Not that I am biased or anything (which I totally am), but in my opinion birds are amazing animals. Besides the whole being able to fly thing, did you know that birds naturally have really high blood sugar? In fact, their blood sugar levels are 1.5-2 times higher than mammals of comparable body size. A mammal that maintains similar levels would develop diabetes (Braun and Sweazea, 2008). Birds are also really long-lived. For example, the maximum recorded longevity of a mouse weighing 20 grams is 4 years. Compare that to a 22 gram canary that lives up to 24 years! One reason for their extraordinary long-lives may be that they are able to protect their tissues from high blood sugar somehow (Holmes et al., 2001).
There are many proteins circulating in your blood. One of the most abundant proteins is albumin. When blood sugar concentrations remain high, glucose can bind to the free amino groups on proteins like albumin, thereby forming “glycated albumin”. At first this is not a major problem as the initial reaction is reversible. However, the glycated albumin can rearrange to form advanced glycation end products (AGEs) which are irreversible once formed. Because of their irreversible nature, AGEs are bad…really bad. AGEs are considered to be a major contributor to the development of diabetic complications and aging. This whole process was actually reviewed in the Journal of Young Investigators: The Undergraduate Research Journal (check it out!).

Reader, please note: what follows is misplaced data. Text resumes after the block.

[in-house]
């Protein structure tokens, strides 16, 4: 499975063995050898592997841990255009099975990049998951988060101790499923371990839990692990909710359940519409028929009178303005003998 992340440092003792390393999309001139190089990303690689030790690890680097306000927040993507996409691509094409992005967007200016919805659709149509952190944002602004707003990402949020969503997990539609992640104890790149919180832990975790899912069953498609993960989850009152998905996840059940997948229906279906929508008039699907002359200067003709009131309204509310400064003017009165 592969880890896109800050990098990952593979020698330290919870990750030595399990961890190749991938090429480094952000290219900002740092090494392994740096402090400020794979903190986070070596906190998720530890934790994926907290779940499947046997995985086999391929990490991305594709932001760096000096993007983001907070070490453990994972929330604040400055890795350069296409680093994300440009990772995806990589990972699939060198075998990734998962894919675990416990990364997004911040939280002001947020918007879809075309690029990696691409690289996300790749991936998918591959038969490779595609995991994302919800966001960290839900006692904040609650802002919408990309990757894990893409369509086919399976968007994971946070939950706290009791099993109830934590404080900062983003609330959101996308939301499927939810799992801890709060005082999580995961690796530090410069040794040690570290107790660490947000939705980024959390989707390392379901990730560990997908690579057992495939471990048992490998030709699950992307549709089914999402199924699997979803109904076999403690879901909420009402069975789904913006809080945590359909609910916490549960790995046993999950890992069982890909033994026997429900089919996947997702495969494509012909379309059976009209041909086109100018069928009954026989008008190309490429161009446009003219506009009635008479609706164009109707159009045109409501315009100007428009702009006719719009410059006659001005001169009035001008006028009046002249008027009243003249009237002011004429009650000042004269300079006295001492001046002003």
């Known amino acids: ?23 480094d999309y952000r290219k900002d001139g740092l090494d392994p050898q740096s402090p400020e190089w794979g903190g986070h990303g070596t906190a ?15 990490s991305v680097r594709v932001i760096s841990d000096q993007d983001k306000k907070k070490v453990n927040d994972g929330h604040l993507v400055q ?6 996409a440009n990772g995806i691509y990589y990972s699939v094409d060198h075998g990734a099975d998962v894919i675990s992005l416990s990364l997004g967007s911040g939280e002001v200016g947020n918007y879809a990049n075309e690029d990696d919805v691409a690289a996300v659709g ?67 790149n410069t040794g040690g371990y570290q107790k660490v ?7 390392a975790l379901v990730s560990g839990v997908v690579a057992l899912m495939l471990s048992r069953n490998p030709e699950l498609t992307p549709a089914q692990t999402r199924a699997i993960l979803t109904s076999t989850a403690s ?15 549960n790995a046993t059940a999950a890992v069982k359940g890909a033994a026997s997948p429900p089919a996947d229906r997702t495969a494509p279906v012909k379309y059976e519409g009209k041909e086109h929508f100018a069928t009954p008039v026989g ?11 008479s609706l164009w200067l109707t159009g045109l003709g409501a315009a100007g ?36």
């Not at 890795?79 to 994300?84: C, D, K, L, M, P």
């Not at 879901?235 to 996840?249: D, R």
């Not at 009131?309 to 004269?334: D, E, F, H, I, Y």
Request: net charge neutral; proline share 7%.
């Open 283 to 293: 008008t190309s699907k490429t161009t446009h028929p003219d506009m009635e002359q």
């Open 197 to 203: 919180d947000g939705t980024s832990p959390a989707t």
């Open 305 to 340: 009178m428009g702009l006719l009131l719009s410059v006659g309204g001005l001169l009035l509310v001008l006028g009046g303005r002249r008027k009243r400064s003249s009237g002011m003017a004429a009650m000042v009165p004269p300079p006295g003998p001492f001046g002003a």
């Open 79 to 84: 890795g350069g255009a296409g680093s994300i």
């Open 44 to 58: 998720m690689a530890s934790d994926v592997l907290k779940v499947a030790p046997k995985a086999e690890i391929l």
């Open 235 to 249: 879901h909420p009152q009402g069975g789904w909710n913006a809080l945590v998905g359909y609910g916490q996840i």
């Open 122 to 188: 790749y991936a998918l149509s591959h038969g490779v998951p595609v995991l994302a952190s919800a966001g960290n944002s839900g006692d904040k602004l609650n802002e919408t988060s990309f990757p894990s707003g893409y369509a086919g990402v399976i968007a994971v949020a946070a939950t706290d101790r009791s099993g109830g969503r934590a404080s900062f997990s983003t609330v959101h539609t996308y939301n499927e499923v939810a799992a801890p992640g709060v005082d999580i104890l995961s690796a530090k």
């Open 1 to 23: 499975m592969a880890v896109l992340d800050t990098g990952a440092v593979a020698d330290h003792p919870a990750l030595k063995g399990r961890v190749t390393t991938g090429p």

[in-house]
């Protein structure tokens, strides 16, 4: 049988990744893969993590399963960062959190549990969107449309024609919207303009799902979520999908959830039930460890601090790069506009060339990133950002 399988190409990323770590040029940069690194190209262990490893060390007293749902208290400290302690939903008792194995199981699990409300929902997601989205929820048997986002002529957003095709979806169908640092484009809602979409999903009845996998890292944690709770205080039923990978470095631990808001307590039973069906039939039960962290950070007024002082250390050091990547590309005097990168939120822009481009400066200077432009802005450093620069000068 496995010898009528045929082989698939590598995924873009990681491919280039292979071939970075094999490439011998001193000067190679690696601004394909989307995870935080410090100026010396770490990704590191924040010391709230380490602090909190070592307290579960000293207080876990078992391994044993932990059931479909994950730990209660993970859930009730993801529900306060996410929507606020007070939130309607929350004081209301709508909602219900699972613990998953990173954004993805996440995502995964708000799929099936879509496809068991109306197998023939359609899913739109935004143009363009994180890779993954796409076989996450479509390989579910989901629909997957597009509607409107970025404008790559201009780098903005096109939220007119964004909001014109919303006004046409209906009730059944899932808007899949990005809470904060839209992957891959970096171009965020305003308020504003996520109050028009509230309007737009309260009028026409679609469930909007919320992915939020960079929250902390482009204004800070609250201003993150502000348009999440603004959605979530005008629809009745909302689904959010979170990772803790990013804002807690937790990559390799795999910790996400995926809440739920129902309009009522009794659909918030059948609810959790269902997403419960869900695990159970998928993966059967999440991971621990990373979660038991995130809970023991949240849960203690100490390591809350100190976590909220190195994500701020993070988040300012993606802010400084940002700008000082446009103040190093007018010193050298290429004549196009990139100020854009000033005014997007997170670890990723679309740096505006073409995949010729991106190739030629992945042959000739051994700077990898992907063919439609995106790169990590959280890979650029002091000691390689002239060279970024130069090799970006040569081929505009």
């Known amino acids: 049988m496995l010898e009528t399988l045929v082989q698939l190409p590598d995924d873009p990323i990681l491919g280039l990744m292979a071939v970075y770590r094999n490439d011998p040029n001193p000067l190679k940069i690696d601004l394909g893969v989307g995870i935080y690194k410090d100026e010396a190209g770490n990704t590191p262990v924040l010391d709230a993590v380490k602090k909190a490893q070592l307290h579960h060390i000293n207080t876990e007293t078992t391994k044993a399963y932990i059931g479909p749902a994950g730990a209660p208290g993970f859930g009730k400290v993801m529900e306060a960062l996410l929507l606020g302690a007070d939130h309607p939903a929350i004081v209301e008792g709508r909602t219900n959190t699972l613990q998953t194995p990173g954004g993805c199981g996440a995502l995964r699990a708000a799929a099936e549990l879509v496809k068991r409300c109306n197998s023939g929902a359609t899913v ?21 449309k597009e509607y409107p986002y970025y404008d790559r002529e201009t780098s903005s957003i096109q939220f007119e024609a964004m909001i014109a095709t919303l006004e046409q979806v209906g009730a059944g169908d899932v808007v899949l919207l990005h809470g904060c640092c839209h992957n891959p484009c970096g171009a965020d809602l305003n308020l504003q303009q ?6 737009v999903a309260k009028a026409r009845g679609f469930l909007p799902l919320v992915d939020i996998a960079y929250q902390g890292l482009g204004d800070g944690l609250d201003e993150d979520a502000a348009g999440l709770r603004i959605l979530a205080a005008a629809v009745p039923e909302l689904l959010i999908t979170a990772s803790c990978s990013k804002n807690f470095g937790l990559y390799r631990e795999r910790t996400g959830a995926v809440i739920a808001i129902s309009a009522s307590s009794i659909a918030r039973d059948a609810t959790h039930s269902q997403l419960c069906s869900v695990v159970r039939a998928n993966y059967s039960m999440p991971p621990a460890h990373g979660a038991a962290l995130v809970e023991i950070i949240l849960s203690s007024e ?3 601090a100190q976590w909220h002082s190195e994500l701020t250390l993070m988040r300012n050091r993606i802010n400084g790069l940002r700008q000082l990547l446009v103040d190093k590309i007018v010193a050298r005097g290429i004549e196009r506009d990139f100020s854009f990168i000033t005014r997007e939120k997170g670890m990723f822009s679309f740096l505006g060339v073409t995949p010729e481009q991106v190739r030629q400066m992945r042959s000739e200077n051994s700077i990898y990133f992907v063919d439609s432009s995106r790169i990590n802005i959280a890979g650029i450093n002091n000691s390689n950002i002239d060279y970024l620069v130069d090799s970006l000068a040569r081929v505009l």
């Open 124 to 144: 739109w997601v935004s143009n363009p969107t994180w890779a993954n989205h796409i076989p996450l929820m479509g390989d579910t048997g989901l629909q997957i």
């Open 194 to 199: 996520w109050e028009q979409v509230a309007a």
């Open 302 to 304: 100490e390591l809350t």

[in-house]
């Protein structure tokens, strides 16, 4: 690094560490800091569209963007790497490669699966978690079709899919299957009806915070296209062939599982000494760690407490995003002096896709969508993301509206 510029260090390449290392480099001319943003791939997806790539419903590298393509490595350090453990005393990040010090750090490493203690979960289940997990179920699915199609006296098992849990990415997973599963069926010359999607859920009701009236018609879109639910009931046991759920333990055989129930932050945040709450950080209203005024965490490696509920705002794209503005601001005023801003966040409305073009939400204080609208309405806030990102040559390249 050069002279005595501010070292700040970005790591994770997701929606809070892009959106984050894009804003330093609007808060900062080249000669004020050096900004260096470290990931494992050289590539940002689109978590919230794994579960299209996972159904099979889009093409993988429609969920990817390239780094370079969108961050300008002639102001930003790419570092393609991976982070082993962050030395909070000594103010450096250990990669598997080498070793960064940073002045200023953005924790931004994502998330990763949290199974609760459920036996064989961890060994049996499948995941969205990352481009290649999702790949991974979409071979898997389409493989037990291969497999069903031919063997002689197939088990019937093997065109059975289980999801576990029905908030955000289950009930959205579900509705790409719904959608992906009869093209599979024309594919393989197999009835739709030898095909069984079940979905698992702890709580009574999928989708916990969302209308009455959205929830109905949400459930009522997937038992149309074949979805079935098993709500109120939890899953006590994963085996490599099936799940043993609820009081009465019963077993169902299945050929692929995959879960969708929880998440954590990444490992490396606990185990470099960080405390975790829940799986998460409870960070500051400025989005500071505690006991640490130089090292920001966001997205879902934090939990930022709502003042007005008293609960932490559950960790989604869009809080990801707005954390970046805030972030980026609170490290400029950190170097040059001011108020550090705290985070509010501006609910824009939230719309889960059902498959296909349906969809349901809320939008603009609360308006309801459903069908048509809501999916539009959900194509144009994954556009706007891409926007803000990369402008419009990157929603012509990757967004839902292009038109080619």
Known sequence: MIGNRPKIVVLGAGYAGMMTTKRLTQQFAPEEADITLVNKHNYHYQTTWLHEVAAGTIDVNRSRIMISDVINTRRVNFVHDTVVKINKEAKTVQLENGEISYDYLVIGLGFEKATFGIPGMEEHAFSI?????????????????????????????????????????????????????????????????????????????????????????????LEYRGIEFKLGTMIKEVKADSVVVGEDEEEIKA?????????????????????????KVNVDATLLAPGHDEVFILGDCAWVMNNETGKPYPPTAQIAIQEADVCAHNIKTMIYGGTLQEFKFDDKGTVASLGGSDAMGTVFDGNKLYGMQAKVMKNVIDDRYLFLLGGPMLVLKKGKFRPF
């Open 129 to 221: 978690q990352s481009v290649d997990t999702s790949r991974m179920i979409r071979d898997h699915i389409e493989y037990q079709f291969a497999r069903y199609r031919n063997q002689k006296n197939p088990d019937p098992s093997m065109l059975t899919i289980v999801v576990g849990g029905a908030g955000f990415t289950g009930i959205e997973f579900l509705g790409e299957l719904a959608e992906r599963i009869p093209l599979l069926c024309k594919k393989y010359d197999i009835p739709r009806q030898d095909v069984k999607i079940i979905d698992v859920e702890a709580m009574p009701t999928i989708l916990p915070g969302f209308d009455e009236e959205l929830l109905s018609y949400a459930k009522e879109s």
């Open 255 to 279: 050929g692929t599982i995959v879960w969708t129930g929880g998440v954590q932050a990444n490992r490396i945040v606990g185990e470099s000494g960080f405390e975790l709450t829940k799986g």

As if birds were not already one of the coolest vertebrates, researchers have looked at protein glycation in birds and have found that levels are much lower than in mammals (Holmes et al., 2001). Moreover a recent study showed that birds do not even have the receptor for AGEs (RAGE; Sessa et al., 2014) making them more resistant to potential damage from what little AGEs they do make.
What do you think is the coolest thing about birds? Comment below!
Braun EJ, Sweazea KL. (2008) Glucose Regulation in Birds. Comparative Biochemistry and Physiology B – Biochemistry and Molecular Biology. 151(1): 1-9.
Hatfield J. (2005) Review: Advanced Glycation End-products (AGEs) in Hyperglycemia Patients. Journal of Young Investigators. October. http://www.jyi.org/issue/review-advanced-glycation-end-products-ages-in-hyperglycemic-patients/
Holmes DJ, Flückiger R, Austad SN. (2001) Comparative Biology of Aging in Birds: An Update. Experimental Gerontology. 36(4-6): 869-883.
Sessa L, Gatti E, Zeni F, Antonelli A, Catucci A, Koch M, Pompilio G, Fritz G, Raucci A, Bianchi ME. (2014) The Receptor for Advanced Glycation End-products (RAGE) Is Only Present in Mammals, and Belongs to a Family of Cell Adhesion Molecules (CAMs). PLoS ONE. 9(1): e86903.
Karen Sweazea was awarded a PhD in physiological sciences in 2005 from The University of Arizona, Tucson, where she studied sugar and fatty acid utilization in birds. She completed her postdoctoral studies in vascular physiology at The University of New Mexico, Albuquerque, where she developed a model of vascular complications caused by poor nutrition.
Sweazea’s current research focus is on understanding how being overweight, obesity, sugars, and fats, contribute to the development of insulin resistance and impaired vascular reactivity from lower vertebrates to humans. This includes studies designed to explore potential dietary supplements that may regulate blood pressure through decreasing oxidative stress and inflammation.